For a long time, apartment rental trends had city dwellers looking for bigger and better spaces, but the latest trend in renting may surprise you: micro apartments. Micro, as in tiny, really tiny. We’re talking less than 400 square feet. Never thought you would live in a dorm-room-sized space after college? Think again.

While this hot rental trend may not make sense to those Americans that prefer wide-open spaces, for many renters, these tiny apartments make it possible to finally afford to live in the big cities they love.

New York City, for example, has notoriously high rents, but micro apartment buildings make it possible to live in the city that never sleeps for a fraction of the cost. And for many renters (who prefer to live alone and don’t suffer from claustrophobia), micro apartments with multi-purpose furnishings offer plenty of space.

Although the sizes are essentially the same, micro apartments can take many different forms. Hostel-style buildings, for example, generally give their occupants less than 200 square feet of private space–including the bathroom. A communal kitchen is then shared among several units.

Other micro apartment designs manage to squeeze a kitchen, bathroom and sleeping space all in one tiny box. Sound impossible? It’s not, but each space is approximately 40 percent smaller than it would be in a studio apartment.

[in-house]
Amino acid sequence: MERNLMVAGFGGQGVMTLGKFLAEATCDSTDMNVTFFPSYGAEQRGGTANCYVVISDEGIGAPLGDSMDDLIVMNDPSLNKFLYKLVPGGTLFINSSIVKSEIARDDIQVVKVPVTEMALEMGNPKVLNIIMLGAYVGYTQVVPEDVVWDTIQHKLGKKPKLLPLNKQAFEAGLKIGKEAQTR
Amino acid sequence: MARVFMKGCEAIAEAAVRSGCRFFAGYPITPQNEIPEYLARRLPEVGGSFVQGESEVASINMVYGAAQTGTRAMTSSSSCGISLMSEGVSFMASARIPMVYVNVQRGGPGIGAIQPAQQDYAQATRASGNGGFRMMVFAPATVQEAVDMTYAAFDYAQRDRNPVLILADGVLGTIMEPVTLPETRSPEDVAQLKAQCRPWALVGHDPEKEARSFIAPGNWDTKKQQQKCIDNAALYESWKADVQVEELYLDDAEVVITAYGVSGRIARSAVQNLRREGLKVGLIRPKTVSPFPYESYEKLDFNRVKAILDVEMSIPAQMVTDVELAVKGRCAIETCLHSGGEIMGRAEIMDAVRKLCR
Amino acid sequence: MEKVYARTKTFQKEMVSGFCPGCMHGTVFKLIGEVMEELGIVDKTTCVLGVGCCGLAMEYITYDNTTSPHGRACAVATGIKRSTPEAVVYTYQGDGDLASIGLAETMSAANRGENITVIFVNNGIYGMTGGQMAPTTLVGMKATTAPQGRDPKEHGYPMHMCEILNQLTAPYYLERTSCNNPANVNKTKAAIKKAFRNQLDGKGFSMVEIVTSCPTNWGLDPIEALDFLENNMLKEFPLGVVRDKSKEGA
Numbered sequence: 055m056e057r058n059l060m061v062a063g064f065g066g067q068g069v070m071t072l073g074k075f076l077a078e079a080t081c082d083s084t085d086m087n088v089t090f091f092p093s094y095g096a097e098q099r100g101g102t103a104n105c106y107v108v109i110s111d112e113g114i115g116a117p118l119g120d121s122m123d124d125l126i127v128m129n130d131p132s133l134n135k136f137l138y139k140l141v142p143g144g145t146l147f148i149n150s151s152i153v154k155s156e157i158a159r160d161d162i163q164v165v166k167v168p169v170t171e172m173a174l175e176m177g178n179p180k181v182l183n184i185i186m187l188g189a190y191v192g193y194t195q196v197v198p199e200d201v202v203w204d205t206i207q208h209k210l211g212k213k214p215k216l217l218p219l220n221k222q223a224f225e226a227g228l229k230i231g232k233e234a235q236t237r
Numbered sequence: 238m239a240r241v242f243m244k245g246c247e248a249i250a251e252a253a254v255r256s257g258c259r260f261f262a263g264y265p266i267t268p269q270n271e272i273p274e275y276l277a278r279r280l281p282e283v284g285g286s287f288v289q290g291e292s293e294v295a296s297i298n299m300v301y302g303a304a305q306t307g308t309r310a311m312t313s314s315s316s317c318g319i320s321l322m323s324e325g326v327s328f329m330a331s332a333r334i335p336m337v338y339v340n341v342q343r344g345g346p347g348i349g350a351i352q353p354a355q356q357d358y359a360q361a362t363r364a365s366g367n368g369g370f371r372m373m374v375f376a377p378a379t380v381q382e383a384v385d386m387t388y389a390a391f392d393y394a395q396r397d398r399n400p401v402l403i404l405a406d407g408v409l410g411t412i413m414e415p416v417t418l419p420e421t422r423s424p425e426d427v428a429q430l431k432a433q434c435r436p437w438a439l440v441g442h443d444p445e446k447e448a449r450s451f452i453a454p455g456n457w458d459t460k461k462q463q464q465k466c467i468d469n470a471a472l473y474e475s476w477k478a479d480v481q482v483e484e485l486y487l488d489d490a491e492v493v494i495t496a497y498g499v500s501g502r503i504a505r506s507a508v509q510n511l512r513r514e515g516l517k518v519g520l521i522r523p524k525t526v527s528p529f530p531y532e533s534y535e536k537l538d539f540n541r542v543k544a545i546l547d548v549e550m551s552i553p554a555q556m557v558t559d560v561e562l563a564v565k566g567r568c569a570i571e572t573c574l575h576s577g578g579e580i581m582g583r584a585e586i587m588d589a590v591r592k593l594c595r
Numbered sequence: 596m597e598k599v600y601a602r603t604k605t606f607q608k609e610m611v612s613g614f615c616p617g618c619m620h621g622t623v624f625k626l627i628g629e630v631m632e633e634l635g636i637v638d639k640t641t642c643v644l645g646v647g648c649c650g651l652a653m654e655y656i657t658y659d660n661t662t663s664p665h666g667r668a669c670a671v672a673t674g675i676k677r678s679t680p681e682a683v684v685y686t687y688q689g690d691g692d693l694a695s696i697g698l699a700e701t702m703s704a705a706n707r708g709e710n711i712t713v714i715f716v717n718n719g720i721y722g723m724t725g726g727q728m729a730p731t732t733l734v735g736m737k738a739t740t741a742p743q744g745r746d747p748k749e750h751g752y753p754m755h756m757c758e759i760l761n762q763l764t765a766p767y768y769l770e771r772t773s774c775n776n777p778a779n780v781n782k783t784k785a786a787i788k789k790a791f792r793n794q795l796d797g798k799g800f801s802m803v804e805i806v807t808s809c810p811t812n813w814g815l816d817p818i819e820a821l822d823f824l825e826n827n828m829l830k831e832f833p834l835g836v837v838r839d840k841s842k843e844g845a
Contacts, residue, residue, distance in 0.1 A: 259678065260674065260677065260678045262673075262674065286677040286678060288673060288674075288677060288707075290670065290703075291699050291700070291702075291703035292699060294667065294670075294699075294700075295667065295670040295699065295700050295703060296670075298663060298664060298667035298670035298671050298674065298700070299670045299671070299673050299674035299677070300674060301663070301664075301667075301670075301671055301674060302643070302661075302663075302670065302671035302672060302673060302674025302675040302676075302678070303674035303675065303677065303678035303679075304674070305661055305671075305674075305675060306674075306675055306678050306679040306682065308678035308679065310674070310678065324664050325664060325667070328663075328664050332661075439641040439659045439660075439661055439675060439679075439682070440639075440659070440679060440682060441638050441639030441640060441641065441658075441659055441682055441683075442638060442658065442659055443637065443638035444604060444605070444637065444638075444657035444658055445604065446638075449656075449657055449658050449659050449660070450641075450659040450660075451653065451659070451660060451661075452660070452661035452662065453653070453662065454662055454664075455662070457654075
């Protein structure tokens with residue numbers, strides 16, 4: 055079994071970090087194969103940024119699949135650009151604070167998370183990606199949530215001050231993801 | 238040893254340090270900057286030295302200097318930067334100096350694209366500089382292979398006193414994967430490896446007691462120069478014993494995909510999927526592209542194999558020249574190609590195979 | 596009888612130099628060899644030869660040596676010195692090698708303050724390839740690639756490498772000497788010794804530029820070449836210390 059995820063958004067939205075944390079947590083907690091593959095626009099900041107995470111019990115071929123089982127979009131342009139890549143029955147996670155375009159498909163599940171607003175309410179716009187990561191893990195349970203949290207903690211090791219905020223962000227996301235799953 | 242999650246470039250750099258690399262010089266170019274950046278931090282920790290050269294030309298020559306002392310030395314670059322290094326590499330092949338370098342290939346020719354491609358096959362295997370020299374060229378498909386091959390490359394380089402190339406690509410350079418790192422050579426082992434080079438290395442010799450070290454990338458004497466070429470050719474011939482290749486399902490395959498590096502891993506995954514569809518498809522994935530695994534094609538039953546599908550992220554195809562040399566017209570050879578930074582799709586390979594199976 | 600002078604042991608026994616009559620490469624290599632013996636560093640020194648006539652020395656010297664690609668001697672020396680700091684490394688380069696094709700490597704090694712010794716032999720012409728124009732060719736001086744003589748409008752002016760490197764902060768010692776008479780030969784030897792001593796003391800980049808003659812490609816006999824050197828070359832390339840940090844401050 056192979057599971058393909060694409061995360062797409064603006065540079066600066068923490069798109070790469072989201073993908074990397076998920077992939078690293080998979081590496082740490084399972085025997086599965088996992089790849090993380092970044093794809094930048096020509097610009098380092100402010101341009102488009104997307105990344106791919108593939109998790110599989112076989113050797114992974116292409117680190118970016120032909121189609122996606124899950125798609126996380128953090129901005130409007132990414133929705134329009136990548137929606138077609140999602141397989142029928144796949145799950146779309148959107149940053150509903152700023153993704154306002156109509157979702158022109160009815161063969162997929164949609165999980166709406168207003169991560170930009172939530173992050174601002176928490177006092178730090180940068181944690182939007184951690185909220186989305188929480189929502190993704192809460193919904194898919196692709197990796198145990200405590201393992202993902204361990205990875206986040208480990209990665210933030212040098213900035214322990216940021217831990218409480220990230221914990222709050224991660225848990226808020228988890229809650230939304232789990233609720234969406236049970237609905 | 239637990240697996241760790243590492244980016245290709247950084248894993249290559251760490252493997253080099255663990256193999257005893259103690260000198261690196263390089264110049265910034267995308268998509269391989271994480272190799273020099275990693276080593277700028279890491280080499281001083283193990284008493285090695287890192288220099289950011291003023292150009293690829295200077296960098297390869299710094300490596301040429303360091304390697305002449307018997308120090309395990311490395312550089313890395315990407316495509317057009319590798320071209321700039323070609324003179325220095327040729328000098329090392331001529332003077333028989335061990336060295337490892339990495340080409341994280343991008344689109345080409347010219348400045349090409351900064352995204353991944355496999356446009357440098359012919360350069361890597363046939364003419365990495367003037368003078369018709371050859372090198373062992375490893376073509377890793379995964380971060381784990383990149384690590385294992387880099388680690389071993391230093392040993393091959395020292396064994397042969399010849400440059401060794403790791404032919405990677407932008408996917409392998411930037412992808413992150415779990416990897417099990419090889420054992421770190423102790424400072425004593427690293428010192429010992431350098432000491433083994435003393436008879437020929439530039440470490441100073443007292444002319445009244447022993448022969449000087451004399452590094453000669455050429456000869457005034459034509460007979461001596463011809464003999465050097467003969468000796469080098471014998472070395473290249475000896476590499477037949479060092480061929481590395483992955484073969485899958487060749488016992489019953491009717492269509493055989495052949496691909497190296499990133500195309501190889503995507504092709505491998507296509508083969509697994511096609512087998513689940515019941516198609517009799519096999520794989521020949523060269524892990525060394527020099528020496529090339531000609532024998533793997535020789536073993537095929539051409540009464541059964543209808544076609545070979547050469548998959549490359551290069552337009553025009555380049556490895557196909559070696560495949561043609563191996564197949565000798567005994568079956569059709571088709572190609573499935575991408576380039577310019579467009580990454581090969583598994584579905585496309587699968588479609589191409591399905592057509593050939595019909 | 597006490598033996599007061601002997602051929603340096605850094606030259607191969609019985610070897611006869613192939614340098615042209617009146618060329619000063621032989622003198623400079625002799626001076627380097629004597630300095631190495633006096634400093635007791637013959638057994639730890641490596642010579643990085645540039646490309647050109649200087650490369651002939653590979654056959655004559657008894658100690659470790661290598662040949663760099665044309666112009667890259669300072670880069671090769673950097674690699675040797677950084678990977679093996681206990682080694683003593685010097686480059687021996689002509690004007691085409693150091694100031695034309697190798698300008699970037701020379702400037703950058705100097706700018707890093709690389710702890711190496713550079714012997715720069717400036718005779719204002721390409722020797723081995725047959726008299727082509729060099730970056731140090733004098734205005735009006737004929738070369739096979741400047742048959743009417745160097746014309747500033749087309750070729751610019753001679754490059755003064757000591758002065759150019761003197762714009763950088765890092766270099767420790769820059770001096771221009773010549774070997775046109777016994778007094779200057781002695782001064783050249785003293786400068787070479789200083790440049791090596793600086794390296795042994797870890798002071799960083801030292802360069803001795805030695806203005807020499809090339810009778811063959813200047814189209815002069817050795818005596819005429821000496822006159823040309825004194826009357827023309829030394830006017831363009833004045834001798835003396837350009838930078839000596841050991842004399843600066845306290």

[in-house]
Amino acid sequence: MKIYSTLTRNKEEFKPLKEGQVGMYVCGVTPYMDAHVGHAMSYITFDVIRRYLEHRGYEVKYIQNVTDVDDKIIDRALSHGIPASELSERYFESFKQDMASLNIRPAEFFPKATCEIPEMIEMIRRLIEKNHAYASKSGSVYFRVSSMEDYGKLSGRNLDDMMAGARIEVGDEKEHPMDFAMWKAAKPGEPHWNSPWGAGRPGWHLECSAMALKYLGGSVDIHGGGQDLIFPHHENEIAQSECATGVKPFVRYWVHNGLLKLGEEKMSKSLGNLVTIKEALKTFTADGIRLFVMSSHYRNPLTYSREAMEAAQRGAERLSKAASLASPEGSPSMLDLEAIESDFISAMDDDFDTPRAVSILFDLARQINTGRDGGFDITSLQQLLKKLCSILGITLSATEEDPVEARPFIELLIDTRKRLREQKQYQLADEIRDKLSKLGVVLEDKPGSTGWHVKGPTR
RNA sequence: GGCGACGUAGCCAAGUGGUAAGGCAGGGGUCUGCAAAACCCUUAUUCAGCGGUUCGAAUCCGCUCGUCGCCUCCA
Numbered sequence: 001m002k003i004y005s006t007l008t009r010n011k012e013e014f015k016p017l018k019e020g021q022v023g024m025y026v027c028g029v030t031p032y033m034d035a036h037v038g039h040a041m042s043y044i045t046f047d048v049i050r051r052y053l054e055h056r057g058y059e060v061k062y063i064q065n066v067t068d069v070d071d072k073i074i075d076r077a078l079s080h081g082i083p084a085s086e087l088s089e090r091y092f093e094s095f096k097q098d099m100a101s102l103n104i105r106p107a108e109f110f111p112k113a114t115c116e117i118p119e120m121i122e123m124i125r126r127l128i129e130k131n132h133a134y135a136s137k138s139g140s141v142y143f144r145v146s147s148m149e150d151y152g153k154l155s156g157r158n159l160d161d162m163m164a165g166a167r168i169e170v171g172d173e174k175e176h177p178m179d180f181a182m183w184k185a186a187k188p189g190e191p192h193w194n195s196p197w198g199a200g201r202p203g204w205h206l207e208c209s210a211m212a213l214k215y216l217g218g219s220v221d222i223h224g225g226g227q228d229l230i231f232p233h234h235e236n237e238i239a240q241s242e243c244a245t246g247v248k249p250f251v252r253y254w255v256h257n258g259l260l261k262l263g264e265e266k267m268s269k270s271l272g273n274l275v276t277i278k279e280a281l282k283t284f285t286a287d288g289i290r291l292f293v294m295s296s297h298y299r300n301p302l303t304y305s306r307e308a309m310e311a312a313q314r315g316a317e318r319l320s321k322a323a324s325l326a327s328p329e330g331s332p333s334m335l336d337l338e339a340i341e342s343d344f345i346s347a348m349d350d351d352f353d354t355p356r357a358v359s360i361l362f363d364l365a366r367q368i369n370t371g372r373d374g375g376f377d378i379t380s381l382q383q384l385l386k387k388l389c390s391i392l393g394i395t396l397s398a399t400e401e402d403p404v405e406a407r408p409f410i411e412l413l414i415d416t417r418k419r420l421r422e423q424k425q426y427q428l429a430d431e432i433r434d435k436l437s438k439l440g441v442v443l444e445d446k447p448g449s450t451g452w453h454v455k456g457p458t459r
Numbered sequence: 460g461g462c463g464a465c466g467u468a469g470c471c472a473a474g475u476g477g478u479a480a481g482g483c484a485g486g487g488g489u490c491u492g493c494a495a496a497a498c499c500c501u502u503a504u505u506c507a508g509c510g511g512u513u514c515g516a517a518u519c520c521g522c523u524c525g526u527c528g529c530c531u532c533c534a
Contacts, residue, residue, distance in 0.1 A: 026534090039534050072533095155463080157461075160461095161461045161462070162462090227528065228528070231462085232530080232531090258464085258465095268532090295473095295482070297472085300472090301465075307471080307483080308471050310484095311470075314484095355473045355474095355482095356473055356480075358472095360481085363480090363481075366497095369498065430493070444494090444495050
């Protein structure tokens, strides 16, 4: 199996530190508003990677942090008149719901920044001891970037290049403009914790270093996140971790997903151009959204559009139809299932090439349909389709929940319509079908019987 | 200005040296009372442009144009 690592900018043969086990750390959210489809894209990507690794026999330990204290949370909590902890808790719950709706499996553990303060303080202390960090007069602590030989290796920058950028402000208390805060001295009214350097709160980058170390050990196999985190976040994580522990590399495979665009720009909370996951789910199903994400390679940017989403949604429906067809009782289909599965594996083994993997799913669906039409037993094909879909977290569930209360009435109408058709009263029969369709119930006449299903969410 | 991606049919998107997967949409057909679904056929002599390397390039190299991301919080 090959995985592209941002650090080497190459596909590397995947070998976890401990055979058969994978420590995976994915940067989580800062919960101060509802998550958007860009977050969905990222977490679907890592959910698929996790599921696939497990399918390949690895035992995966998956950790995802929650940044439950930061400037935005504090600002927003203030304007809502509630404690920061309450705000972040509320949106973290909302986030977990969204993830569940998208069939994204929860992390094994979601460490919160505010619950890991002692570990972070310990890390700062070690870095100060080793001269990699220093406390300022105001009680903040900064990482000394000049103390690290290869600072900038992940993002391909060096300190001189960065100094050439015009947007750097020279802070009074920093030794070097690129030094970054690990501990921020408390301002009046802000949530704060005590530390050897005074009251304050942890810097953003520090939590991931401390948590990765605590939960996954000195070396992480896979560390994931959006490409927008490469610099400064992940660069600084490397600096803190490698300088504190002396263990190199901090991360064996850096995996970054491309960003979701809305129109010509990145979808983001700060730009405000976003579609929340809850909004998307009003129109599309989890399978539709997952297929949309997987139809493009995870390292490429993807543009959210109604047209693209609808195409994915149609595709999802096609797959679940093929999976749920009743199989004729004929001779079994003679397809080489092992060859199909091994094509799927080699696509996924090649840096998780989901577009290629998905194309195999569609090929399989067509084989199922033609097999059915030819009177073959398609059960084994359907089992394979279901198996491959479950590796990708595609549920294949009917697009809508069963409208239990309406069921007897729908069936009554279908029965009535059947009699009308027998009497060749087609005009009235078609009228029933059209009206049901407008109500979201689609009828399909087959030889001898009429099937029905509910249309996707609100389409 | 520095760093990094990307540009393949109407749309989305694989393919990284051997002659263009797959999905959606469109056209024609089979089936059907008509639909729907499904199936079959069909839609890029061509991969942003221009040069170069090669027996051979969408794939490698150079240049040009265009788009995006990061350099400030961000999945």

There are several factors driving this apartment trend, not the least of which is a recovering national economy. Millennials in particular are accepting smaller salaries as they enter the job market, and may not be able to afford a cushy, spacious apartment. Still, that isn’t stopping them from pursuing their dreams of moving to America’s greatest cities, and that’s where the reduced rent of micro apartments comes in handy.

But these tiny living spaces are no longer just a rental trend–they’re a cultural phenomenon. YouTube videos of micro apartments have gone viral, and a new exhibition at the Museum of the City of New York called “Making Room” showcases the innovative design solutions emerging as a result of this rental trend.

And it’s only beginning. New York City alone plans to build 55 micro apartments this year, with move-in dates in September 2015. The city of Seattle has approved 48 micro-housing projects, and other major cities like Chicago are following suit. As long as people see value in living in the city and are looking for a bargain, this rental trend will likely continue.